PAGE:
AJ Allmendinger at peace 1 year after suspension

AJ Allmendinger’s life changed forever a year ago, in the hours

before the race at Daytona International Speedway.

NASCAR officials had just kicked him out of the track,

suspending Allmendinger indefinitely for failing a random drug

test. As his peers prepared for one of the biggest races of the

year, and Sam Hornish Jr. scrambled to get from Charlotte, N.C.,

back to Daytona to drive his car, Allmendinger was reeling in

seclusion.

The failed drug test sidelined Allmendinger for more than three

months and ultimately cost him his job with Penske Racing. But it

also spurred a great deal of introspection for Allmendinger, who

returned to Daytona a year later a different person.

He headed into Saturday night’s race happier than he’s been in a

long time and at peace with the twists and turns of his career.

”I’ve worked hard to get back in the sport, and I’ve also

worked hard as a person to try to find myself and figure out how to

be better,” Allmendinger said. ”I’ve said many times, at the end

of the day, all you have is being able to look yourself in the

mirror and like what you see. By the middle of last year, I didn’t

like myself. I was stressed.

”Now? The walls are torn down. This is me right now. This is

it.”

Allmendinger is tired of talking about his ”comeback.” He

wants people to stop dwelling on the biggest mistake of his life,

and his long road back into racing.

But he’s aware that his audience has grown over the last 12

months, and that he’s gained a following of fans eager to root for

an underdog getting a second chance. Allmendinger owes much of that

to Roger Penske, who stuck by the driver even after firing him.

Penske gave Allmendinger a ride in the Indianapolis 500, and so

far four other IndyCar Series starts. He also hired Allmendinger to

drive the Nationwide Series race last month at Road America, where

Allmendinger scored the first win of his NASCAR career. His

effusive victory speech was emotional and from the heart, and when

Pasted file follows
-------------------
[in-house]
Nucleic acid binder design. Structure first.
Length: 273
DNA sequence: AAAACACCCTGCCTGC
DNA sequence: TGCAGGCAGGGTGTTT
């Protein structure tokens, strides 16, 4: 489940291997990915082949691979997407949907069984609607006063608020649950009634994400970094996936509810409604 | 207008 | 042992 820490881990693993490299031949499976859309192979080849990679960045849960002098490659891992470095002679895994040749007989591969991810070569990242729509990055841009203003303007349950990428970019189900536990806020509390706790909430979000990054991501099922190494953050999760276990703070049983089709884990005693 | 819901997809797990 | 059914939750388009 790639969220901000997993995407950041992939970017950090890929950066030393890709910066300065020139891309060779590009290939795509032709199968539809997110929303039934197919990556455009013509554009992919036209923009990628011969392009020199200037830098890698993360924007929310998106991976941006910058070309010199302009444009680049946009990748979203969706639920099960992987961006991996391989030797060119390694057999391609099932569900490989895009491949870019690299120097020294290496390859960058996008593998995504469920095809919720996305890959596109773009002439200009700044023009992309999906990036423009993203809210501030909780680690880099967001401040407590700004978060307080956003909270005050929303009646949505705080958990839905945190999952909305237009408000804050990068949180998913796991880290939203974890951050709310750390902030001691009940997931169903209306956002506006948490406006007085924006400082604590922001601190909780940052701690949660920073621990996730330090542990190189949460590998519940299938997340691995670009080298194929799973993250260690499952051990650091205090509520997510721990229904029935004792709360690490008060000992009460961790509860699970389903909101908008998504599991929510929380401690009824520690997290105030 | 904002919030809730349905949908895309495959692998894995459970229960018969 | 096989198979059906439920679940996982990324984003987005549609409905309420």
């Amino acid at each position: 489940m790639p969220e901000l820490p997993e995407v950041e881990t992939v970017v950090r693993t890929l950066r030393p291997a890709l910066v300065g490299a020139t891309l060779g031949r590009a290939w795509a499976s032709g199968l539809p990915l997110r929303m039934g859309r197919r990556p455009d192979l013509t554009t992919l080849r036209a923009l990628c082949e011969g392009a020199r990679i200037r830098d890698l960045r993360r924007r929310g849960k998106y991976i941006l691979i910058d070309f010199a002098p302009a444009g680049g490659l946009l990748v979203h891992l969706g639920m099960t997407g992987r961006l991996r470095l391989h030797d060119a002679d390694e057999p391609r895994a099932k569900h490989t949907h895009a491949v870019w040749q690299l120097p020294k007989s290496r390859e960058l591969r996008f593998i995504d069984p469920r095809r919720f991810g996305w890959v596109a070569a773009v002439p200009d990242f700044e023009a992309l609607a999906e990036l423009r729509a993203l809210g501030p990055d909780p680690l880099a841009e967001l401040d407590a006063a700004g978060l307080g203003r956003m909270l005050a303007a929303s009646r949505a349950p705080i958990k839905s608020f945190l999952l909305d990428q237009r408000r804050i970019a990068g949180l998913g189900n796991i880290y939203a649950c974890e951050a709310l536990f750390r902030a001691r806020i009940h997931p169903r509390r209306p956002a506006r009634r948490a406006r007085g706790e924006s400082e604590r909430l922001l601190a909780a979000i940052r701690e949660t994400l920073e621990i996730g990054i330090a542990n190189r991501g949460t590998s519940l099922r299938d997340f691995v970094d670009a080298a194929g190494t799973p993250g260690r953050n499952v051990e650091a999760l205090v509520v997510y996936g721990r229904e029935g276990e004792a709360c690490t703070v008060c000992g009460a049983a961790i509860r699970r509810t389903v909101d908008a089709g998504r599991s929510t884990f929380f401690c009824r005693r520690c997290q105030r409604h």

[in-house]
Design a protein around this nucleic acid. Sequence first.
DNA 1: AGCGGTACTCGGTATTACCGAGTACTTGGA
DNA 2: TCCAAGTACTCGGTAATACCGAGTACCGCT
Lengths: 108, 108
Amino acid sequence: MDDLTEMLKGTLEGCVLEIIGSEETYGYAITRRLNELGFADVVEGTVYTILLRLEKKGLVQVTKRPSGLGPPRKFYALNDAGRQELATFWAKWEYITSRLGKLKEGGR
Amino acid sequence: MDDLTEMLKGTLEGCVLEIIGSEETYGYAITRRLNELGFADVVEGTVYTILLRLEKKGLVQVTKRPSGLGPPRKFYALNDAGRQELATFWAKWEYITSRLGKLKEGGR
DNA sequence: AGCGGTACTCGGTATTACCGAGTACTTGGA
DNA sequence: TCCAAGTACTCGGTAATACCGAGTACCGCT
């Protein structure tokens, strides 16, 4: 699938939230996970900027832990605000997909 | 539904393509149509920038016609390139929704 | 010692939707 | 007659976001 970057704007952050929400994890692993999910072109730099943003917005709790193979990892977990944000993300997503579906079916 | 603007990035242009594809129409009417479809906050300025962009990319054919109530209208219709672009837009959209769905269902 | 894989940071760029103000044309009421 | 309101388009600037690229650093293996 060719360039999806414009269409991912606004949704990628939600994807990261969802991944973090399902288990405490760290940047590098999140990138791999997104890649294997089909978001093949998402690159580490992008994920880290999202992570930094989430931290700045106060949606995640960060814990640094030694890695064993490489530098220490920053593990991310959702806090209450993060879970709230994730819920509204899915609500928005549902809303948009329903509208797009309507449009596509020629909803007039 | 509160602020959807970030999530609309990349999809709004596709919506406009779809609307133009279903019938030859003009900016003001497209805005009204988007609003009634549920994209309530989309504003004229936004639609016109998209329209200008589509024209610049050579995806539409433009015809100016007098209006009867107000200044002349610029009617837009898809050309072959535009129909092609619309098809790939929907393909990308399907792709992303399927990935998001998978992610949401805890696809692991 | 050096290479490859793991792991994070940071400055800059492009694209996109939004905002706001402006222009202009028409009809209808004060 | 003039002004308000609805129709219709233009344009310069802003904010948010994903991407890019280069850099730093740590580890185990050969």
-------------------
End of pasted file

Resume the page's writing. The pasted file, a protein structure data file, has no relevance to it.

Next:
Allmendinger kissed a television camera in a message for Penske,

the team owner was watching.

”He said he was happy for me, and he told me he thought it was

one of the best jobs I’d done,” Allmendinger said. ”That meant a

lot. He was so pumped up about it. He was out of the country and he

had to watch it at 2:30 in the morning on some British television

station, and he was really excited about it. For me, and obviously

I’d like to win more races for him, but to be able to finally get

that one and say `Thank you,’ which I’ve said a million times over,

that was just the best way to say thank you.”

Allmendinger, who is running a handful of Sprint Cup Series

races for Phoenix Racing and JTG Daugherty Racing, also is

scheduled to drive for Penske in the Nationwide race at

Mid-Ohio.

”What this country is based on is being able to have a second

chance,” Allmendinger said. ”I feel like I was open and honest

about it, and I needed to take some time for myself. When people

ask if I think I deserve a second chance from Roger – no, because

Roger didn’t owe me anything and I didn’t deserve a second chance.

But I always say if you make a mistake and you learn something from

it, then the mistake was worth something.

”But if you make a mistake, and you keep making the same

mistake over and over, well, that’s your own stupidity. I’ve worked

hard not to repeat my mistakes.”

Allmendinger now takes his racing career week-by-week, piecing

together what he can but trying his best to enjoy every moment he

has at the track. There’s been discussion with the Penske

organization about running the season finale at Fontana, but he

understands that with Helio Castroneves currently leading the

points that a third car for Allmendinger could take away from a

title run.

So Allmendinger is waiting to see what opportunities are out

there for him.

”I don’t have a really good answer for that yet. If Roger

offers me something full-time next year, no matter what it is, I’d

be stupid not to take it,” Allmendinger said. ”Other than that, I

look at it, something full-time would be the best option. But I

just want a place where people really want me there. I can enjoy

the guys, enjoy the team atmosphere.

”I’m looking for a team I enjoy being around, having fun. We’re

all going to be stressed at times, we all want to perform. But I

just want to have fun and enjoy going to the race track every

weekend. Whatever series that’s in, a chance to win or at least be

competitive, that’s all I want. I think people want me to say I

want to be in NASCAR or I want to be in IndyCar. It’s the opposite.

It’s not about that. It’s about enjoying it. Having fun with it.

Racing.”